Make your own patchwork 


You will work with brilliant – and I mean really brilliant – teachers. You will see them teach and envy the ease with which they command respect, obtain silence, and achieve astonishing results. You will try to copy them in your own classroom. Don’t. You can’t teach like them, you can only teach like you. But borrow this from that colleague, that from another. That was a really good way of dealing with a confrontation, so use that. That was a great way of explaining that idea – borrow it. Magpie ideas and techniques from everyone, everywhere, and stitch them all together into a style which works for you.

Keep moving

Don’t stand still. You need to keep developing, keep pace, keep learning. Each class is different, so you’ll have to re-plan every time you teach, even if it’s the same unit as last year. This is worth the effort! You’ll feel really happy in each school you work in, but the same will be true of the next one too, if you choose wisely. You’ll know when the time is right to move on, and the experience of working in different contexts with different structures will make you a better teacher.

Get involved

Schools are communities. What makes them is not the lessons, but what goes on beyond and between. Get involved. Play staff football, badminton, squash. Join the bands. Help out with – even direct – the school productions. Go on the trips to Alton Towers. Walk in the hills. Supervise the queues. Eat in the dining hall. Start a creative writing magazine. These are the things that will make it worth while.

Surround yourself with radiators


John Tomsett talks about ‘sunshine’: “people who like children and have the deep-rooted commitment to doing all they can to provide them with the best education possible. You know, radiators rather than drains.” These people will enrich your career, your teaching, and your life. You will meet some drains too, of course, but don’t get sucked in. And avoid torturing metaphors, if you can.

Keep up

twitter-bird-blue-on-white (1)

Technology will change faster than you can, but try to keep up. Don’t jump on every bandwagon, though: trollies of laptops are not a good investment. Twitter is good though. It won’t make any sense to you yet, but it will. It will. Where technology can make a difference in your classroom, embrace it with open arms. Where it’s more complicated and the technology seems to be the end in itself, rather than the means, don’t bother.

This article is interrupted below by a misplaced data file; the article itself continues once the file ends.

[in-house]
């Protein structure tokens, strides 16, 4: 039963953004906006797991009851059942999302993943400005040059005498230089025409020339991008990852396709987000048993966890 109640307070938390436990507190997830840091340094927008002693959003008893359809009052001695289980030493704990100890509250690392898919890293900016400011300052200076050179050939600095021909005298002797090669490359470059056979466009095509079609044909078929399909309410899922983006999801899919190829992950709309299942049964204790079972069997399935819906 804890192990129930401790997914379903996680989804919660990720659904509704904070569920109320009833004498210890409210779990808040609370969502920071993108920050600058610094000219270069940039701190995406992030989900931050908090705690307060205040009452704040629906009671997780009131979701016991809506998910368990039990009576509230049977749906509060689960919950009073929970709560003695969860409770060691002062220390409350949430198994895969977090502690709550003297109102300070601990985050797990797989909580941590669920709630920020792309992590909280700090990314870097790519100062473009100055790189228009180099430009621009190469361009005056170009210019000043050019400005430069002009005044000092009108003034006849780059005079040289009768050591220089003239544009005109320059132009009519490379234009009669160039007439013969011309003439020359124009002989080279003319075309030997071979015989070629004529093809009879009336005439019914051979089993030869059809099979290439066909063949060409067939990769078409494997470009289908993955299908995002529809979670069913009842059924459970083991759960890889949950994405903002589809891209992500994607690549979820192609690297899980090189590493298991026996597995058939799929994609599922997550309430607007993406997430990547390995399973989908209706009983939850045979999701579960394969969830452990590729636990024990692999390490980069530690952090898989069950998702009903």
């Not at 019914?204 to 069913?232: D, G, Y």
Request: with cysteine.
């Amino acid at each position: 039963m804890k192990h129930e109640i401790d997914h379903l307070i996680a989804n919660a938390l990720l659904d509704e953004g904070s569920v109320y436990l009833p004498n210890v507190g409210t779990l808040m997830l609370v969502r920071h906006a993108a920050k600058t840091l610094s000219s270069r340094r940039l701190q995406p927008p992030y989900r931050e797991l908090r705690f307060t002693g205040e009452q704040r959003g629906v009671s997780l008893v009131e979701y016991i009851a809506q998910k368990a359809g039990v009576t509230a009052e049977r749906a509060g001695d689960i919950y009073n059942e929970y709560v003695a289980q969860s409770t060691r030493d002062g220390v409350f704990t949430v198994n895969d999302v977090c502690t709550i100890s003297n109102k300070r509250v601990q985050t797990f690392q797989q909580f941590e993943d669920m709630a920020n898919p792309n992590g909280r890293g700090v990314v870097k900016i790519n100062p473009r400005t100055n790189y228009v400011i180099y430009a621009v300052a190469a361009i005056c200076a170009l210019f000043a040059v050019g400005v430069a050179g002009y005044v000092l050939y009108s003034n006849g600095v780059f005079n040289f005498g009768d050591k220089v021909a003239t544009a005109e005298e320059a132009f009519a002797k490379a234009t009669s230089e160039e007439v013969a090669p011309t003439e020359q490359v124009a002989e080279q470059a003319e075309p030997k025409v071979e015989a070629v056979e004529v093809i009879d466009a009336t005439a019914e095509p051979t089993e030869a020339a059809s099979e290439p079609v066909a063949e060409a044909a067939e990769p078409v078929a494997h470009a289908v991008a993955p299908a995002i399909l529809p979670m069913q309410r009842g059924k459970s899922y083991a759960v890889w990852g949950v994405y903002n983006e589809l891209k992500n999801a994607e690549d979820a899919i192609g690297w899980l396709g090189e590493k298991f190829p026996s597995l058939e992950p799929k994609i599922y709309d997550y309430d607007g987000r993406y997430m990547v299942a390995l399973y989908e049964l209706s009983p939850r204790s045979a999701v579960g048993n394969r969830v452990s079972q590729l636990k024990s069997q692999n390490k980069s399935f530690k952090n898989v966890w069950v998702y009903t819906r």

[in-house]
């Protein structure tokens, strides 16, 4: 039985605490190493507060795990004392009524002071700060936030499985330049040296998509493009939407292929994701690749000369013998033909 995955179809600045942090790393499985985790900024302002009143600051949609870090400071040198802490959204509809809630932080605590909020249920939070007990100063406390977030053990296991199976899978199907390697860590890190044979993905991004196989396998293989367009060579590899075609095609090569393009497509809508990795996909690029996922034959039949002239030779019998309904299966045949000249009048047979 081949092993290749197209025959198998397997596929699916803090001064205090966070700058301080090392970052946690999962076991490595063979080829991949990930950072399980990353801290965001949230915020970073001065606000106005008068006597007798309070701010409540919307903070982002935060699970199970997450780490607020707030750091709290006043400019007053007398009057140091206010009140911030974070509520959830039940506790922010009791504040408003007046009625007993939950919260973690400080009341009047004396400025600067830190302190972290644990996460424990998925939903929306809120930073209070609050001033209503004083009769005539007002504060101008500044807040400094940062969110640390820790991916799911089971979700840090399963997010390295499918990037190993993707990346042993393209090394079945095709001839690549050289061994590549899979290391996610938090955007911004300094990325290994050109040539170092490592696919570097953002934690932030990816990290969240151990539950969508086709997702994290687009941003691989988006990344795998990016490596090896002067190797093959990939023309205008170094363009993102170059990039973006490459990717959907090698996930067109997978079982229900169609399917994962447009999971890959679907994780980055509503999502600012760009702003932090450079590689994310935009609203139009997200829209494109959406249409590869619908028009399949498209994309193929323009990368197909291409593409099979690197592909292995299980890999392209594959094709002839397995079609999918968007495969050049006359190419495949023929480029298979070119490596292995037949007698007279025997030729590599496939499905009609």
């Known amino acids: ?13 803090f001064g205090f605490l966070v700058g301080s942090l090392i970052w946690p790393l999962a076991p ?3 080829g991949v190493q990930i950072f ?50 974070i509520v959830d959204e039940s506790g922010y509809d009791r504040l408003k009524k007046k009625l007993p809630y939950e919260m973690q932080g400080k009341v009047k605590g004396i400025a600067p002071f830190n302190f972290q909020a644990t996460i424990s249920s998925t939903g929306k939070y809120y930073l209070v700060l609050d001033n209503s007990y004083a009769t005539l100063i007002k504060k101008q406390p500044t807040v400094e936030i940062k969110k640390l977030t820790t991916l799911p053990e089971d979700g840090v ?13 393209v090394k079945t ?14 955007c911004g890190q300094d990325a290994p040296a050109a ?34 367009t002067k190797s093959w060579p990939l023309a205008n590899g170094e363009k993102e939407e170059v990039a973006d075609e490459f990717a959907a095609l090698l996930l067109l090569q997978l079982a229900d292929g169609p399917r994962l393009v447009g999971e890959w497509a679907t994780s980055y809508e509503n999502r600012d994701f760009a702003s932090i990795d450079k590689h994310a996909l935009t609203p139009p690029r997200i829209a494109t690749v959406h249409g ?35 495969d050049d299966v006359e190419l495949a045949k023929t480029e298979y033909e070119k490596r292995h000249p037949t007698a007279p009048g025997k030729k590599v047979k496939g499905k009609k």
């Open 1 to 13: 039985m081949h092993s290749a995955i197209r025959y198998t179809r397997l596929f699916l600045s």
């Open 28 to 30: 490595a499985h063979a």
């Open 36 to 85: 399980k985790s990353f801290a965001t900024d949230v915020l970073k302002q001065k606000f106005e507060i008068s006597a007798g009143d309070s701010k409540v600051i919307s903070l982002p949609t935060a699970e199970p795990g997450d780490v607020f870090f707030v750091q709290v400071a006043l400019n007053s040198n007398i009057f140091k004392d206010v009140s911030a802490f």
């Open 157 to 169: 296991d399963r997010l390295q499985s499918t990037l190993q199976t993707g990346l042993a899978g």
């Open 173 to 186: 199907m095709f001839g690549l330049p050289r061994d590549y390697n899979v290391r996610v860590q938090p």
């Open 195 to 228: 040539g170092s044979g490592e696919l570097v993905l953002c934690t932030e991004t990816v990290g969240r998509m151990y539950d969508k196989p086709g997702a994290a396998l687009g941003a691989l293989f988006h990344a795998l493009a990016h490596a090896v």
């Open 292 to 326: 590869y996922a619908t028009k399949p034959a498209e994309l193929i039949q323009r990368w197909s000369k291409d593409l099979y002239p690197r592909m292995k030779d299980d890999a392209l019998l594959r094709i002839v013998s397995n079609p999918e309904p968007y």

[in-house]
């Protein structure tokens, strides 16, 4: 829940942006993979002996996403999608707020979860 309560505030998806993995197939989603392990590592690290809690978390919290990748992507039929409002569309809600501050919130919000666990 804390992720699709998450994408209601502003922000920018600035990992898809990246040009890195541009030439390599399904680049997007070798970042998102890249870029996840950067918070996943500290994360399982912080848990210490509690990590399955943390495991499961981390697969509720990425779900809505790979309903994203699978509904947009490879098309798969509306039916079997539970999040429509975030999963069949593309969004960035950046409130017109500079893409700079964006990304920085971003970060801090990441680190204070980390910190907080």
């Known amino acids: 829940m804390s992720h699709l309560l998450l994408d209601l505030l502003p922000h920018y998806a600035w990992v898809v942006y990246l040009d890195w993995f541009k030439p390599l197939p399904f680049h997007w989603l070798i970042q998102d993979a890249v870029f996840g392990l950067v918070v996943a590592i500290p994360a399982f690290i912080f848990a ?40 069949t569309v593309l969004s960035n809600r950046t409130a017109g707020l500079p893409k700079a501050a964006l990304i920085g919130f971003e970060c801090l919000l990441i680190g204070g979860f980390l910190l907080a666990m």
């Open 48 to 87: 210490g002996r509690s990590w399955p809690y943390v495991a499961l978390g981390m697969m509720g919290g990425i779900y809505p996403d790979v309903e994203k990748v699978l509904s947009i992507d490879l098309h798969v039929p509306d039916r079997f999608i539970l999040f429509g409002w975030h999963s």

Every child matters


That phrase will become meaningless through repetition after 2003, but try to take it to heart every day. Every class is mixed ability. You’ll be thrilled by those at the top end whose work soars and whose enthusiasm is incendiary. You’ll work hard to meet the needs of those at the bottom end so that they can access your lessons and achieve. But remember that every child in that room needs and deserves your attention equally. Every child is exceptional. Plan for it.

Keep your priorities straight

Teaching is the best job in the world. You will continue to love it throughout your career. But it is only part of your world, so make time for the rest and don’t let school take over.

Collaborate, don’t compete


External influences will try to force you to compete. Come exam results time you will be asked to check your residuals against your colleagues, your department against others, and your school’s results against your neighbours. You will compete for applications from primaries and into the sixth form, and for staff. Please don’t forget that this is counter-productive. This isn’t a race judged by who crosses the line first, but by how well everybody gets there. Share freely, willingly and widely. Give your time to others. Ask for advice, and give it when asked. Work together with colleagues within and beyond your school. 

It’s worth it


Teaching is hard. Really hard. You’ll have plenty of times – you’ll lose count – where you will survey a paper-strewn classroom after a disaster of a lesson with your plan in tatters and your tolerance at zero. In these moments, more than ever, you will value your colleagues who will pick you up and dust you down – go and find them. Tell them all about it. They’ve been there too. Children have short memories, and every lesson is a chance to start again. Keep at it. It’s worth it.

There’s so much more I could say. I’m jealous of the journey you have ahead of you, the experiences you are going to have. But I am also excited at what the future holds for me in the next sixteen years and beyond.

Good luck!